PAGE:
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Former street urchin Dexter gets all the attention from Jennifer and Angie Cherry of Helping Paws Across Borders. Photo credit: —Bill Diven

 

PLACITAS PAWS STRETCH ACROSS BORDERS

Bill Diven

One of the happiest dogs in town may be Sir Poindexter of Placitas, Dexter for short, whose home in the recent past was the streets of El Paso, Texas. The former street urchin now lives with the founder of Helping Paws Across Borders (HPAB), an international veterinary and animal-rescue program based in Placitas.

Veterinary and surgery technician Angie Cherry came up with the idea for HPAB after she and husband Bob vacationed on Mexico’s eastern coast about ten years ago. During a walk through the community outside the resort area she encountered the daily life of dogs and cats in a place with few if any vets and clinics.

“We got home, and I couldn’t let it go,” Cherry said. She enlisted her daughter Jennifer, and the two brainstormed what to do. They came up with the name Helping Paws Across Borders.

By the time HPAB was organized and ready for its first mission back to Mexico, Angie and Bob had moved to Placitas leaving Jennifer in Indiana. Jennifer, a former animal-control officer, now works at a shelter there.

Both found veterinarians supportive of their projects providing supplies, time off from clinics where Angie worked and in volunteering on the missions themselves. Friends and co-workers joined in as well.

Over the course of the next five years, HPAB worked with Animal Humane Grand Bahamas in the Caribbean handling innumerable medical treatments and vaccinations, establishing a spay and neuter program, dispensing collars and leashes, and doing what it could to instill concepts of responsible pet ownership. It also built a proper shelter where procedures like amputations could be done safely and outfitted a lab with donated equipment.

About 15 animals have been brought to Albuquerque for amputations by volunteer veterinarians, then to be put up for adoption. The team has done only one amputation in the field when it was deemed absolutely necessary, Angie said.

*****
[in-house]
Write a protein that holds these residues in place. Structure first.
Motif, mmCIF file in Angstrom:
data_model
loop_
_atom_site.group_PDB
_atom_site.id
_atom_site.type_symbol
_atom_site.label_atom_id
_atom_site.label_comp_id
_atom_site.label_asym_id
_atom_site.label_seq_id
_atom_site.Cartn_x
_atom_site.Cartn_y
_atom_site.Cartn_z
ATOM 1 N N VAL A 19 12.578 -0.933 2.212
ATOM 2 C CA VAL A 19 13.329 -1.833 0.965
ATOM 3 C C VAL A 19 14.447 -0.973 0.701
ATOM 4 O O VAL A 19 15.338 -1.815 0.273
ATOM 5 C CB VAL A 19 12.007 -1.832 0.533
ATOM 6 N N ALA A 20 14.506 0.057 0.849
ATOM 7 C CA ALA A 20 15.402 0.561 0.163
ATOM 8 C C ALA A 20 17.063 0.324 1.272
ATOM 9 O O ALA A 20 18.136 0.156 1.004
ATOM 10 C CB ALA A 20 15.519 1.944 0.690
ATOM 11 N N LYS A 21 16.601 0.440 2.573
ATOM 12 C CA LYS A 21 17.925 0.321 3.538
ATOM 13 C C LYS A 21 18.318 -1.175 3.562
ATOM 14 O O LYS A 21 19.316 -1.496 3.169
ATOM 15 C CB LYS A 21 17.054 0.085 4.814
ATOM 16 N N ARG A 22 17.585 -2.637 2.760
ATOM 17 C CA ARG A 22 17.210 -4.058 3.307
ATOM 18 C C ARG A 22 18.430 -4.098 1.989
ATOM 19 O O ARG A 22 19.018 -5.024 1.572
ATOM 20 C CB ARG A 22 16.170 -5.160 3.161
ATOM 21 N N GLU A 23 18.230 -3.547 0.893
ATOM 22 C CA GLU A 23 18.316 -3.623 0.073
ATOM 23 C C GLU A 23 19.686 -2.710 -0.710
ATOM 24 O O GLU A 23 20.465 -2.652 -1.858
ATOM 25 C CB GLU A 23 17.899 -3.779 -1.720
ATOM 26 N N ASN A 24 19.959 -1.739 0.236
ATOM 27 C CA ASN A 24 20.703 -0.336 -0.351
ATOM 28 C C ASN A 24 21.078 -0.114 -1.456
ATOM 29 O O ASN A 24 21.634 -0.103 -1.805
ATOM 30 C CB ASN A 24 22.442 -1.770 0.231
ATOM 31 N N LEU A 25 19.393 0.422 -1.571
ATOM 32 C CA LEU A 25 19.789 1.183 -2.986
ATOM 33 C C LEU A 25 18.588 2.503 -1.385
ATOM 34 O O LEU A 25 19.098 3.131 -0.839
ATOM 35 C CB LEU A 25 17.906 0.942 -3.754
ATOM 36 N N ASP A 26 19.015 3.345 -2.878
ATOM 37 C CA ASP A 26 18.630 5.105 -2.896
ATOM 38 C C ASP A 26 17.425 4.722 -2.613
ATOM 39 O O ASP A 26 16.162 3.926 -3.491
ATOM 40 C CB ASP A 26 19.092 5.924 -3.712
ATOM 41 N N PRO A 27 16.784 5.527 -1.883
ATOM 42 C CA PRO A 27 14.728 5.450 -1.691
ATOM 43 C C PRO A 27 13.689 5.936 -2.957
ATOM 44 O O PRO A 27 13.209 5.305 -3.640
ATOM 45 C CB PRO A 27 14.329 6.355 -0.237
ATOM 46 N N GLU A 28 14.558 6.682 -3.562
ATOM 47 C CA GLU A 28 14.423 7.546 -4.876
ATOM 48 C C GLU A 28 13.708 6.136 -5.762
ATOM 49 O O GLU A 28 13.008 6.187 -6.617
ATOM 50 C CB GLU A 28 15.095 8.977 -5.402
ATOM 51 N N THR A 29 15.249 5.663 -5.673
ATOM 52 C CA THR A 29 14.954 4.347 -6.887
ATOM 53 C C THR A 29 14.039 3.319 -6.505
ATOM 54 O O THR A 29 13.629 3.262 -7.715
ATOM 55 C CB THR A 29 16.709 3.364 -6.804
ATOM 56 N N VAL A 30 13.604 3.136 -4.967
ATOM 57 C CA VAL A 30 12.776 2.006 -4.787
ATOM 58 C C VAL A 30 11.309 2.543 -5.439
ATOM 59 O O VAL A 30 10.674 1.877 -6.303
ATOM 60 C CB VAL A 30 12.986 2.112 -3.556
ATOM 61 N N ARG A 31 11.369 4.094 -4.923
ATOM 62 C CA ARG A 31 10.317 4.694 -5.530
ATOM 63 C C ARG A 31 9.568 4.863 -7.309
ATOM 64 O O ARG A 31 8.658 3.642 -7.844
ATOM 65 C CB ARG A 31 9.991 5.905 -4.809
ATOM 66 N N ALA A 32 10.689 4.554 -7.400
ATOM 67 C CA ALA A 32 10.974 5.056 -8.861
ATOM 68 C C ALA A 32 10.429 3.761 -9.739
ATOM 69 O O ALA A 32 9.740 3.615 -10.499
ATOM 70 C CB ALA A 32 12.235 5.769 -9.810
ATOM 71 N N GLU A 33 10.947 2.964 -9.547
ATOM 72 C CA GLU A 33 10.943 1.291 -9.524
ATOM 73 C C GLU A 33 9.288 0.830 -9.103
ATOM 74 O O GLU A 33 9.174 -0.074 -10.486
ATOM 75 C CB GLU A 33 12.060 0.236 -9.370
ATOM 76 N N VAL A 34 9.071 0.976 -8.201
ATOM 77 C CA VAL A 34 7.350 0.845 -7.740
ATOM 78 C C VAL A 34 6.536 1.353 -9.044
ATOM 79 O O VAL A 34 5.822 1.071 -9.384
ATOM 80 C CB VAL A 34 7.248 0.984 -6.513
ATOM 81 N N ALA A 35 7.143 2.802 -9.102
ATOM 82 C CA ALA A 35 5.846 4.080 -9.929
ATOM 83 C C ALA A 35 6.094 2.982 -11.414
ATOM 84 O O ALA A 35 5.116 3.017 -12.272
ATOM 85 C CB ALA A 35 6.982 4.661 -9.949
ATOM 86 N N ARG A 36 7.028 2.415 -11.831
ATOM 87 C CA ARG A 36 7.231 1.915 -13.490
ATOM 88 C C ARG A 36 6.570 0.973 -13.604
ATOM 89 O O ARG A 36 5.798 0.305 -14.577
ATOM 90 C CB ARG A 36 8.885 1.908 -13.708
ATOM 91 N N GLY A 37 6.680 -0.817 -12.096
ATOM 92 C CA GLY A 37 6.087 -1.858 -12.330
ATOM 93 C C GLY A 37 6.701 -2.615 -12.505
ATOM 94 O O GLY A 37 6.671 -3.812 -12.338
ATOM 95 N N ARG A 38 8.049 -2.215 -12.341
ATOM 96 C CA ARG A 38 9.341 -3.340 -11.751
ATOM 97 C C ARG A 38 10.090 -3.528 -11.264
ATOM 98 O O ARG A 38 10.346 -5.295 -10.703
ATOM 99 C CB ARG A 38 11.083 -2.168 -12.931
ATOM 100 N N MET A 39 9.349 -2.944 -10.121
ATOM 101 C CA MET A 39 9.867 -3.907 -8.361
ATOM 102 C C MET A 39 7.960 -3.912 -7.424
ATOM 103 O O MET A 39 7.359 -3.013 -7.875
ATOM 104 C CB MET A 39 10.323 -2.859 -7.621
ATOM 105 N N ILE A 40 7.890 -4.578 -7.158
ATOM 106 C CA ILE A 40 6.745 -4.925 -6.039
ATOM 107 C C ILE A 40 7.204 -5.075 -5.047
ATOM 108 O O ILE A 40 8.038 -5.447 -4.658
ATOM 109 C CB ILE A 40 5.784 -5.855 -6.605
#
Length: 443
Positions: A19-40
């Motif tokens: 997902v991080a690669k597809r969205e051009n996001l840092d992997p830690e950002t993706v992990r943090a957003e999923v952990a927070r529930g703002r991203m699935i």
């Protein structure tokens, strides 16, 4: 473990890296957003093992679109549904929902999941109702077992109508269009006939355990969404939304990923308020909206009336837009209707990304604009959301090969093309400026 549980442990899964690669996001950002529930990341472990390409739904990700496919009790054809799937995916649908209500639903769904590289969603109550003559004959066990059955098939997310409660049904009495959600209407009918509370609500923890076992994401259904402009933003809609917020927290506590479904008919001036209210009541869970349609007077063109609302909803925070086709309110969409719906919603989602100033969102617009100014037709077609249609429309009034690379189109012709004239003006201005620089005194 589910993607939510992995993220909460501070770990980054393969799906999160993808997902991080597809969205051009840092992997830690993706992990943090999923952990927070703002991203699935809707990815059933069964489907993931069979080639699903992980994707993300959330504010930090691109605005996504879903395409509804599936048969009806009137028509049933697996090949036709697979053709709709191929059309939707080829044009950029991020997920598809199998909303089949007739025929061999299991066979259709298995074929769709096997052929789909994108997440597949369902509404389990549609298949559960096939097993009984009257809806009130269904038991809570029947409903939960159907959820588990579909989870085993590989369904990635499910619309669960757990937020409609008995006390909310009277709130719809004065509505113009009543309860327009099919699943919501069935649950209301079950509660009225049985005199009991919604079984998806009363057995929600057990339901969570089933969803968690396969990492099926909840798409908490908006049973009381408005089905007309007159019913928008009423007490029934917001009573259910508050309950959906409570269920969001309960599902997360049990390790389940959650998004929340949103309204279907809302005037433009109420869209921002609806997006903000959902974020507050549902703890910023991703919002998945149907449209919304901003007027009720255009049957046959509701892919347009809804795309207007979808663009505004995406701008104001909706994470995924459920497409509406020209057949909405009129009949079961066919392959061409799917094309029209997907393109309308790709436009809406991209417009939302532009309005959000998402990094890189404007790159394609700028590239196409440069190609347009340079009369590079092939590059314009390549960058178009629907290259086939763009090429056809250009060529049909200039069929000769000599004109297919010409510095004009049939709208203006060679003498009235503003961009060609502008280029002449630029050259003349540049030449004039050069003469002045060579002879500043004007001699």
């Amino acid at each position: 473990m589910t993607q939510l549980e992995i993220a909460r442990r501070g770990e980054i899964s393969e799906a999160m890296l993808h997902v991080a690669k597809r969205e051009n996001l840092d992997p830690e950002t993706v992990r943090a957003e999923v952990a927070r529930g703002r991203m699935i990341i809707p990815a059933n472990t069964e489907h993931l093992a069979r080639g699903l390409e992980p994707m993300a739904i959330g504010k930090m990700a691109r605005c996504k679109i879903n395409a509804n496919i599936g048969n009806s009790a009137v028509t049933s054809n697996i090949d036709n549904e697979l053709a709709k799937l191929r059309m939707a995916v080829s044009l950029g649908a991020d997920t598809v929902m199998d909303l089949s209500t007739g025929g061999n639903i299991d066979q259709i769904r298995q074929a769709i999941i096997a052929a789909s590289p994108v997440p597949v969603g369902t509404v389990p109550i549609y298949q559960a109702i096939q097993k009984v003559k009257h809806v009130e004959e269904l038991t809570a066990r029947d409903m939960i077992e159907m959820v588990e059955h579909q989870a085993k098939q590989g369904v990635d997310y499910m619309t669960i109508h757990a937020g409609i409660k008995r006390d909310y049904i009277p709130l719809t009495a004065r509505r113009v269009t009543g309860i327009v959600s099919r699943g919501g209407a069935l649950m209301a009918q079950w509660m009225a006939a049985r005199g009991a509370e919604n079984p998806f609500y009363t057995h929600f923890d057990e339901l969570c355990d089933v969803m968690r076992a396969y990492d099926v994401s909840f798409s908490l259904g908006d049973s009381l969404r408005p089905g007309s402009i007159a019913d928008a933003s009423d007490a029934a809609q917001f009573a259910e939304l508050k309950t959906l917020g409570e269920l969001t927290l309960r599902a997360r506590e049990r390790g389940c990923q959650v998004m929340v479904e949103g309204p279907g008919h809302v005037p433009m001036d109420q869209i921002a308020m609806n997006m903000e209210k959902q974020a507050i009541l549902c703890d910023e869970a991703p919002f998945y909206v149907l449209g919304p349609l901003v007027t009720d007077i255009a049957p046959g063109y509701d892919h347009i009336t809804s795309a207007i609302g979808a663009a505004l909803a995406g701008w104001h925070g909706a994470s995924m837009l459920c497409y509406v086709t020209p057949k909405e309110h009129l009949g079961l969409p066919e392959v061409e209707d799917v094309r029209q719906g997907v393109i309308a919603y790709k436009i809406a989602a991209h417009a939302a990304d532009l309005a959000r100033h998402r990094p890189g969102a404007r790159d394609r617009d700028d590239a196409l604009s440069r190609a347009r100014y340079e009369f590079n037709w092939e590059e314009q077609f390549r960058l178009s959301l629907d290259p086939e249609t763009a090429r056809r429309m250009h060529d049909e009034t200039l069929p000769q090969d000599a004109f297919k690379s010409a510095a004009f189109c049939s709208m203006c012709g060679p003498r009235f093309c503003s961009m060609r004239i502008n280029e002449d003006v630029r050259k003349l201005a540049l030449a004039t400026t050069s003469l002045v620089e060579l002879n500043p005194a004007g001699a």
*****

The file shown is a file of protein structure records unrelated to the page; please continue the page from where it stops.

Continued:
“The vets here are incredible,” she added.

Over the last several years HPAB has worked regularly in Belize with sponsorship from local vets. The second visit of this year in September drew a team of 12 volunteers who paid their own way and spent five days operating a clinic in the coastal village of Placencia.

The clinic examined and treated 261 animals and conducted 119 surgeries. Again, services and supplies mixed with education and being kind to animals.

“We’re getting a huge following of vets,” Angie said. “We all kind of know each other somehow.”

Dr. Adena Robertson of 4 Paws Pet Hospital in Albuquerque is one of those vets enlisting in the program soon after she hired Angie as a vet tech. It wasn’t a hard sell for the doctor with a track record of joining Animal Humane in crisis situations like hurricane Katrina.

“There are not a whole lot of vets who will do this on top of their regular jobs,” she said. “It’s nice opportunity to get to be a part of this.”

Robertson has worked with HPAB since its second or third year and performed amputations and other surgeries in her clinic. She is already planning for the 2015 trips.

Collars and leashes are in great demand and instantly change a child’s demeanor as he or she walks away with a dog, Jennifer said during a November visit to Placitas.

“Once you give them to the kids, you can’t believe how proud they are,” she continued. It’s often the kids and not the parents who bring their animals to the clinics, she added.

Those animals included seas turtles, iguanas, and a tapir, Jennifer noted during a November visit to Placitas. Jennifer serves as HPAB’s vice president and director of animal welfare, while Angie holds the title of president and founder. The group has gone to schools to teach dog-bite prevention and often brings along schools supplies and shoes.

Still, the program is not without its bumps as it must deal with border crossings, skeptical customs officers, and government permits. It also steers clear of the upper-class area’s modern clinics although some of those residents occasionally find HPAB and its free vaccinations.

HPAB, a nonprofit corporation with a 12-member board, is expecting its 501c3 tax status this month. It already has two trips planned for next year—Honduras in February and Peru in July—both at the invitation of local animal-rescue groups.

“People ask why we don’t do this here,” Angie said. “There are lots of resources here. They want us to come, and they need the help.”

Beyond donations of money, airline miles, collars and leashes, dog and cat treats and toys, and medical supplies, HPAB joins in area events where it collects donations. The next one is the 12 Strays of Christmas adoption event from 10:00 a.m. to 2:00 p.m. on December 6 at Cabezón Park in Rio Rancho.

The event, sponsored by the city of Rio Rancho, includes a low-cost shot clinic and an invitation to donate pet food and new or lightly used collars, leashes, toys, and crates. The donations will be divided among the dozen or so participating rescue groups.

 

 

 

CONTACT

 

Helping Paws Across Borders

 

Phone:  Angie Cherry

 

260-413-2504



E-mail: Angie Cherry



Helpingpaws@comcast.net

  or

 info@helping-paws-across-borders.net

 

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